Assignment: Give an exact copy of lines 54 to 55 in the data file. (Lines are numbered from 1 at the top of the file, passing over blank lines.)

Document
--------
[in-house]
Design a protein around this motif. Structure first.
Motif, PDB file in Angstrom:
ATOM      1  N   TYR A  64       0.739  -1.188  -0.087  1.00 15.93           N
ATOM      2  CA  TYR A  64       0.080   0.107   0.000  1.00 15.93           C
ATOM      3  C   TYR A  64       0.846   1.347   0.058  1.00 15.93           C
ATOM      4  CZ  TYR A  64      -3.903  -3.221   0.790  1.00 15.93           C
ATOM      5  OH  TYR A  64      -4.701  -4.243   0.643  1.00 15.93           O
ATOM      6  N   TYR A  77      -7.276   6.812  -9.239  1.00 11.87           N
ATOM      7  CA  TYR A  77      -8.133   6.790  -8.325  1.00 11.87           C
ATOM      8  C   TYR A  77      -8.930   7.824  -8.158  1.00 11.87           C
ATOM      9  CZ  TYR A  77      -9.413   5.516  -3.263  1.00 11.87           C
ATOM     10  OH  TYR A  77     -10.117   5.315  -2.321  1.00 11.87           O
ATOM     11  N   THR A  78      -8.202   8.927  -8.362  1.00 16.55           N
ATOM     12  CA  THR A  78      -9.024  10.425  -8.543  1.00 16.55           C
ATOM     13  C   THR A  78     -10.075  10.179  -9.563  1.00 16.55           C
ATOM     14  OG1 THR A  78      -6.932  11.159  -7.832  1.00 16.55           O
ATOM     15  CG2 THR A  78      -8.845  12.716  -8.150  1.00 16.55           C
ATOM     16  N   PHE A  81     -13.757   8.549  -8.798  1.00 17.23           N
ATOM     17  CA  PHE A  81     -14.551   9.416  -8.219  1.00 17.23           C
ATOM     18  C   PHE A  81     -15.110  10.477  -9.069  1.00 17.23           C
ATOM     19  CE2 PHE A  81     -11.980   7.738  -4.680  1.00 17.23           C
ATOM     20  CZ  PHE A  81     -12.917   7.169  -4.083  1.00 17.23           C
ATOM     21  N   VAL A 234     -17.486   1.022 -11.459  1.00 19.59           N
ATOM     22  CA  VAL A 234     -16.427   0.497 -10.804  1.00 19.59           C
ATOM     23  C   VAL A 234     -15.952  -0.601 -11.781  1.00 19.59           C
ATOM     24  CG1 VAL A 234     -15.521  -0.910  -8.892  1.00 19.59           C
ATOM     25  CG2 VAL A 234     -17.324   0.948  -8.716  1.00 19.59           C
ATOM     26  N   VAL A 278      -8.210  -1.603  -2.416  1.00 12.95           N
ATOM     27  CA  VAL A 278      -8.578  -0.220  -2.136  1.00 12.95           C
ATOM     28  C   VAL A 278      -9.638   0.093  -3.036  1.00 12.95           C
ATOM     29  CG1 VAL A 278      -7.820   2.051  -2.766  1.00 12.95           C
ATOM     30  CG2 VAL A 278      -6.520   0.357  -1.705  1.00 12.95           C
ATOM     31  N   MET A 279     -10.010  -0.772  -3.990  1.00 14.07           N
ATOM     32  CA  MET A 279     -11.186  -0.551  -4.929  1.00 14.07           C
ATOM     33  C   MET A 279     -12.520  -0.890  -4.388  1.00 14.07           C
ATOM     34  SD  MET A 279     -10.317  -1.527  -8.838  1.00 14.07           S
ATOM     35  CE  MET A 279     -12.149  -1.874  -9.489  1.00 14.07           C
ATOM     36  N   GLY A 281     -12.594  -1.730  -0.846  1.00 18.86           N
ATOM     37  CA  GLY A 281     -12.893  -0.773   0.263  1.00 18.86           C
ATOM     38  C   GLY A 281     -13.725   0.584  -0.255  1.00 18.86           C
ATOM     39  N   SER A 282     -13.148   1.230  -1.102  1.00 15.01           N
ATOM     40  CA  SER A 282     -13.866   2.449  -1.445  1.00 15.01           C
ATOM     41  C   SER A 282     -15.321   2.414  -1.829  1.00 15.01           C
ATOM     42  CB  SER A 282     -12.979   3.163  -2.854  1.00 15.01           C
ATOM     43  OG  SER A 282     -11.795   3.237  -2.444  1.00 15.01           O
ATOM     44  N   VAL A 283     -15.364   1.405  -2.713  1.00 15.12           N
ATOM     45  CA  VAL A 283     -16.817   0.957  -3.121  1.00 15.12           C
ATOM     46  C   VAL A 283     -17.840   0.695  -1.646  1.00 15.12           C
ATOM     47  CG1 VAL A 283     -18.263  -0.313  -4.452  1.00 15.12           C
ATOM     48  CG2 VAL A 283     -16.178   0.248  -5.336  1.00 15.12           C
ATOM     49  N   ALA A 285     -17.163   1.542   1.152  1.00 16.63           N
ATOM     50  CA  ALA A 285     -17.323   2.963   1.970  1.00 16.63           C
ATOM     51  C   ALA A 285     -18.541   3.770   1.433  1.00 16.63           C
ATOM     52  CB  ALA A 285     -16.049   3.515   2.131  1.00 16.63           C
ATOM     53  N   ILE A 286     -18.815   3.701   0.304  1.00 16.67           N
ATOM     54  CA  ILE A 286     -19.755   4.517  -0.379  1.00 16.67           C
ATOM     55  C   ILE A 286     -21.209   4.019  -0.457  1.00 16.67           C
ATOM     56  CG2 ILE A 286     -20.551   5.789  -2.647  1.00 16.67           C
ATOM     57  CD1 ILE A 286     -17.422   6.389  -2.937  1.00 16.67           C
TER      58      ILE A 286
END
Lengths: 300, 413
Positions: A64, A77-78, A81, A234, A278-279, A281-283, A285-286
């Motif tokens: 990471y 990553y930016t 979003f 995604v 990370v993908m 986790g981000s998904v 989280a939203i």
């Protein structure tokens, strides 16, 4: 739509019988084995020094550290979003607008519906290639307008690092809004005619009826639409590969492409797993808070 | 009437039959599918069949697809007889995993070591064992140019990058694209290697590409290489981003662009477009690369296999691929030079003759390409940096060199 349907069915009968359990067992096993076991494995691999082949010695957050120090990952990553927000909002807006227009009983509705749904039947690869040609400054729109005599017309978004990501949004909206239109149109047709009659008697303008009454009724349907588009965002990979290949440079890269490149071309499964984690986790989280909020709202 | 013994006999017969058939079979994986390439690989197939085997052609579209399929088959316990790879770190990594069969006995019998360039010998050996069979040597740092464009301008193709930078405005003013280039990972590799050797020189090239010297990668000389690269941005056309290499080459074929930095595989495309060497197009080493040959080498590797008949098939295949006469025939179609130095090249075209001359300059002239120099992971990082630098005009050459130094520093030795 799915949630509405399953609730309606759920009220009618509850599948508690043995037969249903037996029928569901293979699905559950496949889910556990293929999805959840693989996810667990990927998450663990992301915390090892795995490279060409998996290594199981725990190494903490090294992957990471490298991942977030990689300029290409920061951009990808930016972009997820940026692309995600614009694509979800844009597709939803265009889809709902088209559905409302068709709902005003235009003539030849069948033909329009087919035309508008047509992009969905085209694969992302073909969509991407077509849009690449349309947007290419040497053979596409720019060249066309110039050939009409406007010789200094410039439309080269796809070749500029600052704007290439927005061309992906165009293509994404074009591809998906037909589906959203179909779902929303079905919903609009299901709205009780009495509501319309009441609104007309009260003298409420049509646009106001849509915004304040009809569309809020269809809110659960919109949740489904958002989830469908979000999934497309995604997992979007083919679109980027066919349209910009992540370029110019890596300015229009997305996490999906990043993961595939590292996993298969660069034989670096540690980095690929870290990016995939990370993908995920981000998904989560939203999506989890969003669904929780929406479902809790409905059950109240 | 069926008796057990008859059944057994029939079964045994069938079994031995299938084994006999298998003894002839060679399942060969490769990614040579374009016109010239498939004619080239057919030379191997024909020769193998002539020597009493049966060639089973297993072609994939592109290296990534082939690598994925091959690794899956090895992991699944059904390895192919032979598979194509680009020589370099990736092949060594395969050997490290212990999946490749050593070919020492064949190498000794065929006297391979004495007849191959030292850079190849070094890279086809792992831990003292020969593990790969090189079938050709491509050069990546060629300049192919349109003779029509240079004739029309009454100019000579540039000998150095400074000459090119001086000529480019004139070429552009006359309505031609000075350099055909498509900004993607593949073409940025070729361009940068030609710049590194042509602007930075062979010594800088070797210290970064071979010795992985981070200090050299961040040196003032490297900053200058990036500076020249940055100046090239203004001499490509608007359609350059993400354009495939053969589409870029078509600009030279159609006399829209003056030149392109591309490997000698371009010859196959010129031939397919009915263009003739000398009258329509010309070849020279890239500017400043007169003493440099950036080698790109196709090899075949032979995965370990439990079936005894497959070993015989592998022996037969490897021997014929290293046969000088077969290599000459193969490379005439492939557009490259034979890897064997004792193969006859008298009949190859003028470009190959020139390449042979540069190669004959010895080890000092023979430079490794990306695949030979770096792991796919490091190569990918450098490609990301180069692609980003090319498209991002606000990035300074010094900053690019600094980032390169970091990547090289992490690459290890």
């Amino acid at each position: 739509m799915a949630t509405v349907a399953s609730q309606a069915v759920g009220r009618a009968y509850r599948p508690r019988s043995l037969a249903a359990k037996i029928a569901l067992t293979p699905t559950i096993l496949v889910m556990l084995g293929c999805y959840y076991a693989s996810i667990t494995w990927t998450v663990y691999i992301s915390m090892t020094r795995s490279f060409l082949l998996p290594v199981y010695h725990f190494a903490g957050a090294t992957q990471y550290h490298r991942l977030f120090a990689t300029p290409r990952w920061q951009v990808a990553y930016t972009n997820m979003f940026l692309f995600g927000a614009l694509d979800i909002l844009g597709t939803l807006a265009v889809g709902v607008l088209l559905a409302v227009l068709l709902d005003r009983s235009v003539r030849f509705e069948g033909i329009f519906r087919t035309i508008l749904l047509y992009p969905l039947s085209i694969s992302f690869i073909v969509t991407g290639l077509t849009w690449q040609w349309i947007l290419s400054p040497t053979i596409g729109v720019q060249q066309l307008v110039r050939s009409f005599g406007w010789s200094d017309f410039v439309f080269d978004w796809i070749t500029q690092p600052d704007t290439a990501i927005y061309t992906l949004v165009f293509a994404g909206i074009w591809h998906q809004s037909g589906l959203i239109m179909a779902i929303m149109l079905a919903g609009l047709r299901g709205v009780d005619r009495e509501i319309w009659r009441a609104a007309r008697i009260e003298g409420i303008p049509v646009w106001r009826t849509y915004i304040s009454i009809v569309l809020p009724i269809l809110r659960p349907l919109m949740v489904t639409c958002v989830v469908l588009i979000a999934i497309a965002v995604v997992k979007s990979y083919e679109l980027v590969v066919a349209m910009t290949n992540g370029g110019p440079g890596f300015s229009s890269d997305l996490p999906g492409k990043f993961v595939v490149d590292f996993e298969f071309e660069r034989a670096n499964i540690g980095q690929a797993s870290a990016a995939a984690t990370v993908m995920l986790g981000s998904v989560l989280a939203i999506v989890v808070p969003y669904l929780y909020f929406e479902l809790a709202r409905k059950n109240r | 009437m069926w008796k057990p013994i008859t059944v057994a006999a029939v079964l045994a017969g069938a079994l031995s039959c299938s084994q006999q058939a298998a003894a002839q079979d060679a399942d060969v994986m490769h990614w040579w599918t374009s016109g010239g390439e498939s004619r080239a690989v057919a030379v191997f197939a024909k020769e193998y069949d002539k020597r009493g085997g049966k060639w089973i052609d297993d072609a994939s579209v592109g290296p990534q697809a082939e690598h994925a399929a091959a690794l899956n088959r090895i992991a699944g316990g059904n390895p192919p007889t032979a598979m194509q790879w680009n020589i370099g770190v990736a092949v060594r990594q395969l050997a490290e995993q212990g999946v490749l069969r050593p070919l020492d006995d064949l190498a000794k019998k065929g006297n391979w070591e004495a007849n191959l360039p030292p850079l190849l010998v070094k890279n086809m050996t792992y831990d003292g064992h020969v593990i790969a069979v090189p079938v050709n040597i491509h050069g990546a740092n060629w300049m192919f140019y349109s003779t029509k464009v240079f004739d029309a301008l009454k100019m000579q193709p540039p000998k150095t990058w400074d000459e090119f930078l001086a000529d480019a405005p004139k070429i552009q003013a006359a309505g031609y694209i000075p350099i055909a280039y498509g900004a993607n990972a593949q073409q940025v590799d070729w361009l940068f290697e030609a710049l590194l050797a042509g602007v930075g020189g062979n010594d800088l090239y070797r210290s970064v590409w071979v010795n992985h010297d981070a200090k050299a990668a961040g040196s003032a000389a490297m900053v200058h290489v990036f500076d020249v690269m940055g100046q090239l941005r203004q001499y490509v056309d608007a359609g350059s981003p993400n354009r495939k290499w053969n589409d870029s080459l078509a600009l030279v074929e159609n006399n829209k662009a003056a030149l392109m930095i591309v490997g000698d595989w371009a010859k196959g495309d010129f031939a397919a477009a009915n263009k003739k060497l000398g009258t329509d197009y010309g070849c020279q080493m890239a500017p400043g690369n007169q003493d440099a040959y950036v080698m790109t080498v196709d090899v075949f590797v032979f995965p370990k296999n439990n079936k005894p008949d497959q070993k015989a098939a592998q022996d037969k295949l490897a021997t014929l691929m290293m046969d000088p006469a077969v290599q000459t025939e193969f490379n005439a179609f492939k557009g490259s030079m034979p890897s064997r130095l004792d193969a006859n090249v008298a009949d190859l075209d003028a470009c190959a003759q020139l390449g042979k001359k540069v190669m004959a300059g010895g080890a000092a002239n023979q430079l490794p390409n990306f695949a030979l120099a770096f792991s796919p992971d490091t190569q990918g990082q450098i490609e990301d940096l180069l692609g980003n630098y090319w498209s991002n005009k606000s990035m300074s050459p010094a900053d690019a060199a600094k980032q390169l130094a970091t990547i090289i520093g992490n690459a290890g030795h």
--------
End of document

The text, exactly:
ATOM     51  C   ALA A 285     -18.541   3.770   1.433  1.00 16.63           C
ATOM     52  CB  ALA A 285     -16.049   3.515   2.131  1.00 16.63           C